Living In Truth: Unmasking The Lies Of Our Postmodern Culture -- By: Pieter de Vries
SBJT 19:2 (Summer 2015) p. 135
Living In Truth: Unmasking The Lies Of Our Postmodern Culture
Pieter de Vries is a part-time lecturer of biblical theology and hermeneutics at the Seminary of the Dutch Reformed Church in the Netherlands, associated with the Free University of Amsterdam. In addition, he serves as the pastor of a local Dutch Reformed Church of Boven-Hardinxveld, Netherlands. He earned his two Ph.D. degrees from the Theological University of Apeldoorn and the University of Amsterdam respectively. Dr. de Vries has published numerous articles covering diverse aspects of Reformed faith and practice including articles on culture and apologetics. He has also written a number of shorter books including John Bunyan on the Order of Salvation (Peter Lang, 1994).
Our society is one typified as postmodern: it is a society that has left modernism behind it, at least in part. Modernism had its roots in the Renaissance and attained its full flowering in the Enlightenment. The philosopher Immanuel Kant described the Enlightenment as man’s liberation from the dependency in which he had been holding himself captive. It was the authority of the church—and, indeed, that of Scripture — that Kant had in mind. For the propagators of the Enlightenment, reason and understanding were decisive in everything. Only such truths as were apparent to reason were true. What was authoritative was not what Scripture said, but what reason could accept as true. One of the consequences of this attitude was that biblical events falling outside the ken of natural sciences were dismissed as unhistorical. In this manner of thinking, that which was impossible according to science could never have happened. One could summarize this view as, “That which is impossible with men is impossible with God.”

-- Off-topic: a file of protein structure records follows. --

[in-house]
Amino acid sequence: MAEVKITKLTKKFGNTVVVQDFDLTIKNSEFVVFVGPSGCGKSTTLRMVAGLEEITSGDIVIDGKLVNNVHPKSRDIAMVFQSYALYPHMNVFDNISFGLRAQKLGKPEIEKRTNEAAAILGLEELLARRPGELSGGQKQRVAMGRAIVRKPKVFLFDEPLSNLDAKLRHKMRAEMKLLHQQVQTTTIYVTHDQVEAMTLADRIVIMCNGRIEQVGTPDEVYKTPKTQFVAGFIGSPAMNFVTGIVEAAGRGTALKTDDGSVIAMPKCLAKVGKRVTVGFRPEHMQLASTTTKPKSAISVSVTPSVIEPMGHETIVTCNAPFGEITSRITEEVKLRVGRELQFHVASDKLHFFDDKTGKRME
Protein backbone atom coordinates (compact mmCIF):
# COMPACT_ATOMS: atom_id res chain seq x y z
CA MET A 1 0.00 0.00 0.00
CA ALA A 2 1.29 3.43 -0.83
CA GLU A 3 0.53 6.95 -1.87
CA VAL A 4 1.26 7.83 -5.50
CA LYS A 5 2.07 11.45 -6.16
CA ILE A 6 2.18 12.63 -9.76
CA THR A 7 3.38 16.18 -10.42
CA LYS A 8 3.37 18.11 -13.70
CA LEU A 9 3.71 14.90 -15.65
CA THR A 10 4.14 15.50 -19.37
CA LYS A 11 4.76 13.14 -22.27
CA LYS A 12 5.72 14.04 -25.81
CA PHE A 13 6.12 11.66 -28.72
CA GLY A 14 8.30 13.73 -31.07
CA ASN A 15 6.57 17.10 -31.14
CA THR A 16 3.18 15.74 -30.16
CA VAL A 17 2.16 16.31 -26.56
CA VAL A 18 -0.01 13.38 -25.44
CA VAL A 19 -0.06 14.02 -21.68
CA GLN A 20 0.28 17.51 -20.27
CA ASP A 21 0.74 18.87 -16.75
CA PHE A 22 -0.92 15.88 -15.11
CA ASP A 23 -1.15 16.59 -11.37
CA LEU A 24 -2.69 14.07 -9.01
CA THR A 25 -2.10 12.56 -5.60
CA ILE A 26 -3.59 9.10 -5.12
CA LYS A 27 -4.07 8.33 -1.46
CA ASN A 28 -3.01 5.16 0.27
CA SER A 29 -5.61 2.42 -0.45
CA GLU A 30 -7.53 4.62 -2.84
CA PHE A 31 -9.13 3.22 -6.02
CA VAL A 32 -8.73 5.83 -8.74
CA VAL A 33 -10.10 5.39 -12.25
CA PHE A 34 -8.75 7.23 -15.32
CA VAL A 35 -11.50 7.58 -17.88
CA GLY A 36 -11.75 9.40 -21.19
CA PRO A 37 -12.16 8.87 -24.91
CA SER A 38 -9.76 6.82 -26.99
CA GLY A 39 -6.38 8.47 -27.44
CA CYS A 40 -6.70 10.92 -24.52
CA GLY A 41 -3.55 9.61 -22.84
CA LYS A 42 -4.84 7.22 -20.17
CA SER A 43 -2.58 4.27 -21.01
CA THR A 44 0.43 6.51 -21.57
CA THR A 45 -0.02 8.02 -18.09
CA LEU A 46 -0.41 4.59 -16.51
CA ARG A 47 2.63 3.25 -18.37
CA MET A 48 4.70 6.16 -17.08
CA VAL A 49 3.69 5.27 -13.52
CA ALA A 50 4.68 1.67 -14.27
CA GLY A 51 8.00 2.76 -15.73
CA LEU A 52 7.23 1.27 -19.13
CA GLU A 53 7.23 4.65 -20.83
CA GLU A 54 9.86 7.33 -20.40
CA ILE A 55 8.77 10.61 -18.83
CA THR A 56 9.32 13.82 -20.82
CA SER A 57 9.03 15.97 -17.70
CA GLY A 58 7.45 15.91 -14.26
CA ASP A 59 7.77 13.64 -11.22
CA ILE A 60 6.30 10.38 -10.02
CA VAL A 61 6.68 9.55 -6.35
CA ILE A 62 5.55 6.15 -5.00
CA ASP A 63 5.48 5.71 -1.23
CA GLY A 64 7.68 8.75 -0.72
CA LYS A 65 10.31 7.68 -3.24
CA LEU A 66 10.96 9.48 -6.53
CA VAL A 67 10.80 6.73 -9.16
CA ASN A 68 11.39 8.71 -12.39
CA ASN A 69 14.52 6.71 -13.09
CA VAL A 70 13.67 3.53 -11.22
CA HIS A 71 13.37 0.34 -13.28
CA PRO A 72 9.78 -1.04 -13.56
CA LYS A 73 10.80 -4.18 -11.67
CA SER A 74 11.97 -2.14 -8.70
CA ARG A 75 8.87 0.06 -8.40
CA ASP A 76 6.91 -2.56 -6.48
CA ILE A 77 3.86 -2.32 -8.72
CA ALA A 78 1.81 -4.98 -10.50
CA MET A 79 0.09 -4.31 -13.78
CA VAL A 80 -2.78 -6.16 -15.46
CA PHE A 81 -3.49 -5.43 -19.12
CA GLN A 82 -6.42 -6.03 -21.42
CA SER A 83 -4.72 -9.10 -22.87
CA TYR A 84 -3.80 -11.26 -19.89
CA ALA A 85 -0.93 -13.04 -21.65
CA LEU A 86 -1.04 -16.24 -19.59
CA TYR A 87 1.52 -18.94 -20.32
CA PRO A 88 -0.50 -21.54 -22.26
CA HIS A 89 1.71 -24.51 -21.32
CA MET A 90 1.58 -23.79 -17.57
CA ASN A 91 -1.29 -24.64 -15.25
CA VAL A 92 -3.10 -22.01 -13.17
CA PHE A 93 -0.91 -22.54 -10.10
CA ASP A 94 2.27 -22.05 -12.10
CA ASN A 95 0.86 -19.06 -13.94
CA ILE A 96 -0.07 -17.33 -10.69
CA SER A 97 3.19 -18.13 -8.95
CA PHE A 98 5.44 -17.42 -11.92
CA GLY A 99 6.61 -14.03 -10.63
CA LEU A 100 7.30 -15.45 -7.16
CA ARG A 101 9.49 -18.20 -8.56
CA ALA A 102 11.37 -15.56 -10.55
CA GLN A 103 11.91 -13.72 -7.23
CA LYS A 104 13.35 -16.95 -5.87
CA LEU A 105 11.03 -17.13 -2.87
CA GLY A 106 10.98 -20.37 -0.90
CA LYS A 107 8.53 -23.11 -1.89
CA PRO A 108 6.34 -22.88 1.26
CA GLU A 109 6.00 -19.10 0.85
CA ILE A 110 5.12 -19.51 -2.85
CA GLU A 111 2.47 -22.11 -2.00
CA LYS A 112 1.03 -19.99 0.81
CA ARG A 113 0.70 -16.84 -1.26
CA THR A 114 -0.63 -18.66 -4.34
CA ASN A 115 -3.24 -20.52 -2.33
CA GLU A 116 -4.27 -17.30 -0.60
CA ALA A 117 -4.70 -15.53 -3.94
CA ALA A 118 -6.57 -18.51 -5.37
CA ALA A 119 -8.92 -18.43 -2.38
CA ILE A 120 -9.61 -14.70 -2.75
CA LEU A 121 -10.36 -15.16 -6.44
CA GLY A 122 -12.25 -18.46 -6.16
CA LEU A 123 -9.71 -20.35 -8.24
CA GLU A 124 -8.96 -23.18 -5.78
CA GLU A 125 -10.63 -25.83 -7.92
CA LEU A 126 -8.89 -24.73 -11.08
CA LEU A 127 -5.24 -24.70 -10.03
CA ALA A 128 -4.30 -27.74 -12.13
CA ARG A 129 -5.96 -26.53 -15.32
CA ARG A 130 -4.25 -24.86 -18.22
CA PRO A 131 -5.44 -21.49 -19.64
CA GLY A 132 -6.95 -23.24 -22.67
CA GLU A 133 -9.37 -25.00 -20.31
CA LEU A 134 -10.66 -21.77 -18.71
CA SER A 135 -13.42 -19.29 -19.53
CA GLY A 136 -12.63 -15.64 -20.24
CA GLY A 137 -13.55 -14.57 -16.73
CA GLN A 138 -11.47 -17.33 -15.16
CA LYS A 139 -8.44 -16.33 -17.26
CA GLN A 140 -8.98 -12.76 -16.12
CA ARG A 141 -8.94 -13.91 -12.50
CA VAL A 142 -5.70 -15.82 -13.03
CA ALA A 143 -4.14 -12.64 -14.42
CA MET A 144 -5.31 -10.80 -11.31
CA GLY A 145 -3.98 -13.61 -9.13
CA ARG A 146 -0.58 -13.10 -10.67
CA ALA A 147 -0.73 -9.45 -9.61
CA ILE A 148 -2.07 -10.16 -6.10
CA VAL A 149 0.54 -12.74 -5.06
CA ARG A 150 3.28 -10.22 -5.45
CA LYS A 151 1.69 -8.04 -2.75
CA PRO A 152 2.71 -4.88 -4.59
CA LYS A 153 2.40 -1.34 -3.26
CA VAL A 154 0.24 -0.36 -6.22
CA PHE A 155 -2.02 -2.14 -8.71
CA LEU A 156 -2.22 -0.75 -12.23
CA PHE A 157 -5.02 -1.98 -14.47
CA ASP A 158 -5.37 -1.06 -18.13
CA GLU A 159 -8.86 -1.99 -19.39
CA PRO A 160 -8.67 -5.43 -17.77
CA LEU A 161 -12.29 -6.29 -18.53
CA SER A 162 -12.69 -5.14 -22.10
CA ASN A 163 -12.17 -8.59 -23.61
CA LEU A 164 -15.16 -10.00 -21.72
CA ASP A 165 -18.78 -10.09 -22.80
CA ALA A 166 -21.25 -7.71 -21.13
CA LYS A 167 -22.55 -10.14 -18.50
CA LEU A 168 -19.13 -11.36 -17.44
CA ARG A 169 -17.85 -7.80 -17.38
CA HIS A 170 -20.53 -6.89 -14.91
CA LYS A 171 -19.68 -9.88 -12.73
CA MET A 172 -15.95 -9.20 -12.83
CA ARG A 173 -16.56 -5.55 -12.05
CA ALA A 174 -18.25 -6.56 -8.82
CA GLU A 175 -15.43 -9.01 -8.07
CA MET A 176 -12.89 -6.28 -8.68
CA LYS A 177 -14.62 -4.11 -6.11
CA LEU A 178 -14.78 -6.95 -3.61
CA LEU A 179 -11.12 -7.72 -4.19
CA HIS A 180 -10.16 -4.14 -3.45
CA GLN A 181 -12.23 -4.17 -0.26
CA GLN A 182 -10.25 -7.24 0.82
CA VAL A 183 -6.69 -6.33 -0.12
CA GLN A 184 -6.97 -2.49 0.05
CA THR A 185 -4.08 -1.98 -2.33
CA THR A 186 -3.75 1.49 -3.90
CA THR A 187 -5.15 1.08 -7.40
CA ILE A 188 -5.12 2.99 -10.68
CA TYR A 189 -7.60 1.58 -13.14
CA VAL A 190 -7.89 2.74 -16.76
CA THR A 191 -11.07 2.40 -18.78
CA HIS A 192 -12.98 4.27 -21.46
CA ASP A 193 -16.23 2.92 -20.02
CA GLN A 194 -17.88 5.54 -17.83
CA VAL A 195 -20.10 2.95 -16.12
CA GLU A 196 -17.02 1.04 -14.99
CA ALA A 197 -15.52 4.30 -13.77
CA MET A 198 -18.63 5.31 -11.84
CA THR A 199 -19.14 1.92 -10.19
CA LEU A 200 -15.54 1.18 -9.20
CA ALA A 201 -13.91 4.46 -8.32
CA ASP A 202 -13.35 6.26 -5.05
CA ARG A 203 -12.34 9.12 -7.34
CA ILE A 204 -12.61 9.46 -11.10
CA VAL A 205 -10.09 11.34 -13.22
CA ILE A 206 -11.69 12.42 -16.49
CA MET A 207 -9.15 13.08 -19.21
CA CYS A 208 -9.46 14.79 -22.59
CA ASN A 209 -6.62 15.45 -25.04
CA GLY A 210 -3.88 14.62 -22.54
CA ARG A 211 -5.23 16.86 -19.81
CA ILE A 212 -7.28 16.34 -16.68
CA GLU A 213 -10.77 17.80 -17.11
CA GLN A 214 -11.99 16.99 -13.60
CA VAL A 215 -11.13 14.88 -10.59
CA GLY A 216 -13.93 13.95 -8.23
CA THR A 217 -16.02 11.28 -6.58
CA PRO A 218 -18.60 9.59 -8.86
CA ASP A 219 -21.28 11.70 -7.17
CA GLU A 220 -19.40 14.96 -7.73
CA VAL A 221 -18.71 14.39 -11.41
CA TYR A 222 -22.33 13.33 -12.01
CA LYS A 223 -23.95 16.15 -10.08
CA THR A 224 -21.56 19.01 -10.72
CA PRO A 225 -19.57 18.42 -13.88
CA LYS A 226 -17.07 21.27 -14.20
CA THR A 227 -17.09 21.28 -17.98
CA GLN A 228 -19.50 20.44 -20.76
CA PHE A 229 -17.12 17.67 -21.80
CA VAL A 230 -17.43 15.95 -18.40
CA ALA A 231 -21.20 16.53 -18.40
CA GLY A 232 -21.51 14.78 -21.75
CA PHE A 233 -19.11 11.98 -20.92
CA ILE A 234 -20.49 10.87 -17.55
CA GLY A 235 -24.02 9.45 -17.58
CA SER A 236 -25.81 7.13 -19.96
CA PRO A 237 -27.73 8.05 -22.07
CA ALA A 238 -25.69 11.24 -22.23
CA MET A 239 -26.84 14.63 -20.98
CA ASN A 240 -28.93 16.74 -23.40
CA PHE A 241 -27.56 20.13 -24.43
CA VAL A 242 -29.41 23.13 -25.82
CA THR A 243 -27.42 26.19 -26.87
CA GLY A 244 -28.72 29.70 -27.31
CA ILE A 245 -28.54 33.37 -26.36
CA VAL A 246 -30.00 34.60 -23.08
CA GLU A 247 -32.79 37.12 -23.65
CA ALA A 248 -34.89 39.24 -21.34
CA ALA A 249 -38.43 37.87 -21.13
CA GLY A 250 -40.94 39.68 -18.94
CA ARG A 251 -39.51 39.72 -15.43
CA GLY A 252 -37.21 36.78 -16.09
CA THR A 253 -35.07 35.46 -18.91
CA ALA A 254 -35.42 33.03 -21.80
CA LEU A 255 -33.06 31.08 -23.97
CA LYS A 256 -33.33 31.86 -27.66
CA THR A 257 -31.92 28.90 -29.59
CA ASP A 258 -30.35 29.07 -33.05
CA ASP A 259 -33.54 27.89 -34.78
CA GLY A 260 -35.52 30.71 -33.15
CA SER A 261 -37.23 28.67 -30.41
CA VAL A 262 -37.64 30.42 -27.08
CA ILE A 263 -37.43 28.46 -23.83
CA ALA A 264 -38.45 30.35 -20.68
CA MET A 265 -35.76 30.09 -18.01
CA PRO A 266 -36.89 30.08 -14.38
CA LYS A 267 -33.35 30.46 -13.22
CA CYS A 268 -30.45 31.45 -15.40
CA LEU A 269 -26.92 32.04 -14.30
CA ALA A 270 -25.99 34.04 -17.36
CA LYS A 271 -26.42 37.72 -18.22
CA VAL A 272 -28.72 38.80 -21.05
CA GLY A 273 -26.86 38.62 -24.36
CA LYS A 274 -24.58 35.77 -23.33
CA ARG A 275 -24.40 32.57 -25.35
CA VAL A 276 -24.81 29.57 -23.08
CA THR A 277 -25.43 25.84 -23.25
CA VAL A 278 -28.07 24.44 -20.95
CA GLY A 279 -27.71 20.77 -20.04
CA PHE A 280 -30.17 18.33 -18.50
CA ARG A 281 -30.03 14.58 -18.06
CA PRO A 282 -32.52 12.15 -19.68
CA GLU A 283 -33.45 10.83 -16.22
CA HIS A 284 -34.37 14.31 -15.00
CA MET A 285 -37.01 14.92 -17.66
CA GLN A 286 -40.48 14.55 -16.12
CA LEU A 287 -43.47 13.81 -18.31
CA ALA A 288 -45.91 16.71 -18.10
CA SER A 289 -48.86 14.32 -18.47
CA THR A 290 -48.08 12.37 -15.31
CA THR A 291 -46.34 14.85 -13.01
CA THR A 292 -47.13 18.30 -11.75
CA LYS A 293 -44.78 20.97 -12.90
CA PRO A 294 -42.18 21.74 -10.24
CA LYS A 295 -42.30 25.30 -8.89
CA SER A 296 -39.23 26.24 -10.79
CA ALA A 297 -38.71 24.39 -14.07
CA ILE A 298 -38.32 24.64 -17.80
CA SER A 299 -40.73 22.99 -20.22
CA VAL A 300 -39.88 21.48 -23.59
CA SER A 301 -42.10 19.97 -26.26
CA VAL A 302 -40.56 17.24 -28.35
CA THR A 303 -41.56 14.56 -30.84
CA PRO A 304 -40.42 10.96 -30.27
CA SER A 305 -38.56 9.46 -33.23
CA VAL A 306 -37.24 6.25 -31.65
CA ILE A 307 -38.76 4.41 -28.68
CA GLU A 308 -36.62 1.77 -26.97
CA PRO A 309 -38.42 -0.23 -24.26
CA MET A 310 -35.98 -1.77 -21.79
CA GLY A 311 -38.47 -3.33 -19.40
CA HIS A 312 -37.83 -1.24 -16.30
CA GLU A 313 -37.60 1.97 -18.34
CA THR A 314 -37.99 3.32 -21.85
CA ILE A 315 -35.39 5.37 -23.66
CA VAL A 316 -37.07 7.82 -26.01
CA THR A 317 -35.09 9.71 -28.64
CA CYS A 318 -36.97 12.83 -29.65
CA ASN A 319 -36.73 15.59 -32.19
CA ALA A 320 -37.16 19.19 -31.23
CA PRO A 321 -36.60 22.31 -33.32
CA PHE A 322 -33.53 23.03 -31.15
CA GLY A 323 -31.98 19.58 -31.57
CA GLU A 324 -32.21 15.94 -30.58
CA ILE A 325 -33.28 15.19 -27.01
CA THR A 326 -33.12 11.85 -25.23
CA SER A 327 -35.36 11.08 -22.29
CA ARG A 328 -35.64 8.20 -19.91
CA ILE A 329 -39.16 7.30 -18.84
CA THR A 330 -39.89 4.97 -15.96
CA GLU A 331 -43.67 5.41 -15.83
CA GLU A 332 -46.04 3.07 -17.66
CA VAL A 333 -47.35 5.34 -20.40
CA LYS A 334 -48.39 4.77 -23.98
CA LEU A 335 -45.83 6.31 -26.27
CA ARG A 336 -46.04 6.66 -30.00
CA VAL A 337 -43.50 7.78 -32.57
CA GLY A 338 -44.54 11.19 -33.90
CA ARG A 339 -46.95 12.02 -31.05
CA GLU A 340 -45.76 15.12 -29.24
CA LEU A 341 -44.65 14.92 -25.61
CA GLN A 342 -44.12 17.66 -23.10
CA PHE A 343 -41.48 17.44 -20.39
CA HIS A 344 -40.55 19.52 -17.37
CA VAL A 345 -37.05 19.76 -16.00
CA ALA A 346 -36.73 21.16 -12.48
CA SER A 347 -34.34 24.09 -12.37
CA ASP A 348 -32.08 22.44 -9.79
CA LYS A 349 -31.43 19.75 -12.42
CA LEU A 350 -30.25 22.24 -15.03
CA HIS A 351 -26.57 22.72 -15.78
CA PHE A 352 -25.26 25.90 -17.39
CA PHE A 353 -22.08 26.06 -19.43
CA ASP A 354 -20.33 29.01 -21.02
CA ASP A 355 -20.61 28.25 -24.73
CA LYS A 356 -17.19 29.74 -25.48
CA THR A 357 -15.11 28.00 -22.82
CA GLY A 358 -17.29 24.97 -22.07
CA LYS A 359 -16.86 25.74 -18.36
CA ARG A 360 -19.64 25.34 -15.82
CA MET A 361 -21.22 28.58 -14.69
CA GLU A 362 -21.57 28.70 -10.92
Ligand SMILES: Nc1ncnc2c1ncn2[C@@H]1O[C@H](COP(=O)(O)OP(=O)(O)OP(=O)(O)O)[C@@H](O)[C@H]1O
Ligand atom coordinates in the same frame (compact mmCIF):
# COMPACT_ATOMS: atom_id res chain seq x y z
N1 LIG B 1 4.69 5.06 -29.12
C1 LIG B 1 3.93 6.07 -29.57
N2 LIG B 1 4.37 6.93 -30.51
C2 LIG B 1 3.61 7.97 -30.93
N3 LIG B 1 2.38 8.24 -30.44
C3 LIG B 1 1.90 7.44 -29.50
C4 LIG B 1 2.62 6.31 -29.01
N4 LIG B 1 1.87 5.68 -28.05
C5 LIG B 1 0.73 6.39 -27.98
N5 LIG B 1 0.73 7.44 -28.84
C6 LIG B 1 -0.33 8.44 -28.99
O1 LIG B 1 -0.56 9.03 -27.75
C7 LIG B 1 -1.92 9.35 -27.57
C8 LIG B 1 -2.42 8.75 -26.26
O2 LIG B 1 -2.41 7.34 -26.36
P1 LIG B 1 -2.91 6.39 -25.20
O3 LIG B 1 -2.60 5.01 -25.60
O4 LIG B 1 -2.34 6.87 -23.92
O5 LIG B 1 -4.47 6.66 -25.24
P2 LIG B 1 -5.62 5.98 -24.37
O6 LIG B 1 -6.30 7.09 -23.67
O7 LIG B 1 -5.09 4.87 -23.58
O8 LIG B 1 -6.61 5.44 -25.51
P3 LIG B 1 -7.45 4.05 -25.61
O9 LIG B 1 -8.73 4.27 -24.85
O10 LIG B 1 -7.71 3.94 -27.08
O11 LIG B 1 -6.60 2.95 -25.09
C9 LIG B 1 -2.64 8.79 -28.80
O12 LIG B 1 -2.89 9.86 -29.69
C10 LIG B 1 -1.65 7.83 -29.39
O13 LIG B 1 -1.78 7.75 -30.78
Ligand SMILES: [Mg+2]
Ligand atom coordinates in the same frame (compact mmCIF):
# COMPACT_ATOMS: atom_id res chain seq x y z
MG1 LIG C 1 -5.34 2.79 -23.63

SBJT 19:2 (Summer 2015) p. 136
The Enlightenment — with modernism following in its wake — did, however, still hold to the existence of transcendent truth and transcendent morals. To account for the continuing post-Enlightenment acknowledgement of universal morality, we must bear in mind that even though the Christian faith was no longer the wellspring of Western civilization, the waters that had accumulated in the basin were not drained away overnight. For instance, it long remained an understanding deeply rooted in Western culture that marriage and the family were building-blocks of society.
The transition from modernism to postmodernism has come gradually. In the 1960s and 1970s this shift began to be visible as the question of whether there really was an all-pervading truth or morality was asked increasingly. Unlike modernism, postmodernism answers this question in the negative. Truth is what ...
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